Written by Fabiano Lins
Attorney at Law / Advogado
Dlm2 Advogados Associados.
The US income taxation law imposes taxes on the American citizen’s worldwide income, regardless of place of residence or location where income is earned. By contrast, foreign corporations and foreign mutual funds cannot be considered American income sources insofar as they are not American citizens or entities.
As a result, most of the American income sources have been under control of these companies located abroad and mainly situated in tax havens. However, over the years the IRS policy has become much more strict than it was in the 80’s. While Americans holding their money abroad structured creative forms in order to defer US income tax, the IRS was working on innovative ways to obstruct such far-reaching deferments.
Today, there are several tax rules regulating capital in offshore companies. These rules reach out to Americans citizens and American companies beyond the United States’ boundaries, but now it is even worse because such rules set up special mechanisms for anti-deferment. Although companies can withhold for a while distribution of dividends in order to take advantage of the long-term capital gains rules in US, these special rules, even in the absence of distribution, can levy tax income on retained earnings.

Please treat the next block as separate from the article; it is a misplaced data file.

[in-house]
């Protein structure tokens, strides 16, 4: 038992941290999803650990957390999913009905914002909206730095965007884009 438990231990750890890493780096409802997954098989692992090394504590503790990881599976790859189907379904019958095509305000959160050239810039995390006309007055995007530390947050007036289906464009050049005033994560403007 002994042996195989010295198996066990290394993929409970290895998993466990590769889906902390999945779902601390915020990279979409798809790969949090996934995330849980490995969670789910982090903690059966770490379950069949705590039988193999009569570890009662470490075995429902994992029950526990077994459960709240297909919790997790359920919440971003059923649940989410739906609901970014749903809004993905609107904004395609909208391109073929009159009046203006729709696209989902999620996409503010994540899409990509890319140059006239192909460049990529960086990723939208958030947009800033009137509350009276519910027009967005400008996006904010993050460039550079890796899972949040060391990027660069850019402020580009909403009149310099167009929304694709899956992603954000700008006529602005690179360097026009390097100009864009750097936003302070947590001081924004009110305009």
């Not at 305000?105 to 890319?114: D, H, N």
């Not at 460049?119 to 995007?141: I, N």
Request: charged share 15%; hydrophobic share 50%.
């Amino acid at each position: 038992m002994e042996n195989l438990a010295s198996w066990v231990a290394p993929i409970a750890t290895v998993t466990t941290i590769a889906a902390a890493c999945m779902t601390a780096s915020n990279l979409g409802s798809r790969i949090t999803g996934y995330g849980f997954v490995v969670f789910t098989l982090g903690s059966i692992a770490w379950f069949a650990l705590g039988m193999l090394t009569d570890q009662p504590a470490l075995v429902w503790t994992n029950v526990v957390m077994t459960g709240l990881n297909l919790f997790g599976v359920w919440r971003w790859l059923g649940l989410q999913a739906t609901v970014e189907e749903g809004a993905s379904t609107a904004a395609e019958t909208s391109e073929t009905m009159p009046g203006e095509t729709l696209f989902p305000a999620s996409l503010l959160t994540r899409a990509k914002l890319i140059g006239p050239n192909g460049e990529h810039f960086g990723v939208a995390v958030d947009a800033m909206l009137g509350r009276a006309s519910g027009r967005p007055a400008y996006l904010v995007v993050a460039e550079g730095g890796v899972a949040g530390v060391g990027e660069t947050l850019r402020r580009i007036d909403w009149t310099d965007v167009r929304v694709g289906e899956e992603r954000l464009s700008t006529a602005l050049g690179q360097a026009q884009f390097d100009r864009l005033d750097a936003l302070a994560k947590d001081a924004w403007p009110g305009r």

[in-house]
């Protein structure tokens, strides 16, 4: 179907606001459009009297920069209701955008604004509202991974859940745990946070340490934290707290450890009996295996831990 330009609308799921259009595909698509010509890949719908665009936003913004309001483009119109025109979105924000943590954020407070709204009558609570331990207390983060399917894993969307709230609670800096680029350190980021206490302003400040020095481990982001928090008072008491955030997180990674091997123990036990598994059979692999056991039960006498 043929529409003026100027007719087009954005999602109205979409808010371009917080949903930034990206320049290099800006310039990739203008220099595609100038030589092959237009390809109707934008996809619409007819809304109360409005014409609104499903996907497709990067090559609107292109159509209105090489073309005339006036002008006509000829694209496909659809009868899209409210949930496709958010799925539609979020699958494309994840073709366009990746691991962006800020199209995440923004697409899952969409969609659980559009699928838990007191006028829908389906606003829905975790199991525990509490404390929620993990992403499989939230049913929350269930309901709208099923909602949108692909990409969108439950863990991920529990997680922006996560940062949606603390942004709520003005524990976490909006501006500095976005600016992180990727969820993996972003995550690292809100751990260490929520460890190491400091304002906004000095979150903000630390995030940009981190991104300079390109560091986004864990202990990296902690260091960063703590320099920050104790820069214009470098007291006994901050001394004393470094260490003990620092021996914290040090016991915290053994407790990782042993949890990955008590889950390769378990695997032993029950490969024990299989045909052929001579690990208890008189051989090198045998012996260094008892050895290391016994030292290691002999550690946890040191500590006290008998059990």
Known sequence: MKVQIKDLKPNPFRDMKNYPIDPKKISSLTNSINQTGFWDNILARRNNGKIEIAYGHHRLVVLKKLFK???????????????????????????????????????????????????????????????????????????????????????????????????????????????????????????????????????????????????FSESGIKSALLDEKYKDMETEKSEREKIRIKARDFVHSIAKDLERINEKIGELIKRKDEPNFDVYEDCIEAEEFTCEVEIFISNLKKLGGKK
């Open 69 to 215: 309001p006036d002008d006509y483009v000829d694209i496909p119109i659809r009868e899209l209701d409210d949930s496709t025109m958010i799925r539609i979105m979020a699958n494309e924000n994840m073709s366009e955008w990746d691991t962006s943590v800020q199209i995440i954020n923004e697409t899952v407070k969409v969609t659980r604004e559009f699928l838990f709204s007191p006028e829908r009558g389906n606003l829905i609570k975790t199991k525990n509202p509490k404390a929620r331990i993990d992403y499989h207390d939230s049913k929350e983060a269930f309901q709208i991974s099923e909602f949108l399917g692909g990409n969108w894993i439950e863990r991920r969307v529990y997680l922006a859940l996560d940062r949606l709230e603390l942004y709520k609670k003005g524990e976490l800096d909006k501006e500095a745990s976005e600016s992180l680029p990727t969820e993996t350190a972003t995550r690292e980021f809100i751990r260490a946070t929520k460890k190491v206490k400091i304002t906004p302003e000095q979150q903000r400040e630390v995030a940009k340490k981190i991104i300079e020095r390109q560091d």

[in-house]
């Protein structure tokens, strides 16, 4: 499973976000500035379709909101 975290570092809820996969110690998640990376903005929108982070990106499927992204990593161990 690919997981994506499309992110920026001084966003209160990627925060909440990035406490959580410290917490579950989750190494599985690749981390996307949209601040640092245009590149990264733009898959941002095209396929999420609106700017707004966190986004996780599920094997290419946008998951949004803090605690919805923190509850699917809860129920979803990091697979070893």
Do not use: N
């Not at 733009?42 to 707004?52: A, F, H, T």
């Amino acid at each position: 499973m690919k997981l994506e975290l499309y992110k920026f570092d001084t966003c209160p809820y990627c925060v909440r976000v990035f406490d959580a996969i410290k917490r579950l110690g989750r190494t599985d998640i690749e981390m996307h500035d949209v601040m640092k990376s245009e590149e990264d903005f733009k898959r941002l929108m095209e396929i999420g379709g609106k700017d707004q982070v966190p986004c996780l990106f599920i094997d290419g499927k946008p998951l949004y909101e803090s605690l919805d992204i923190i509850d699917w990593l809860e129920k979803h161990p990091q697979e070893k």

There are six antideferral regimes, each one directed at different businesses structured abroad.
These rules are located in subpart “F” income, and they are the following:
1. Foreign personal holding companies (FPHC) - sections 551 to 558;
2. Controlled foreign corporations (CFC) - sections 951 to 964;
3. Foreign investment companies (FIC) - sections 1246 to 1247;
4. Passive foreign investment companies (PFIC) - sections 1291 to 1298;
5. Personal holding companies (PHC) - sections 541 to 547;
6. Accumulated earnings tax (AET) - sections 531 to 537.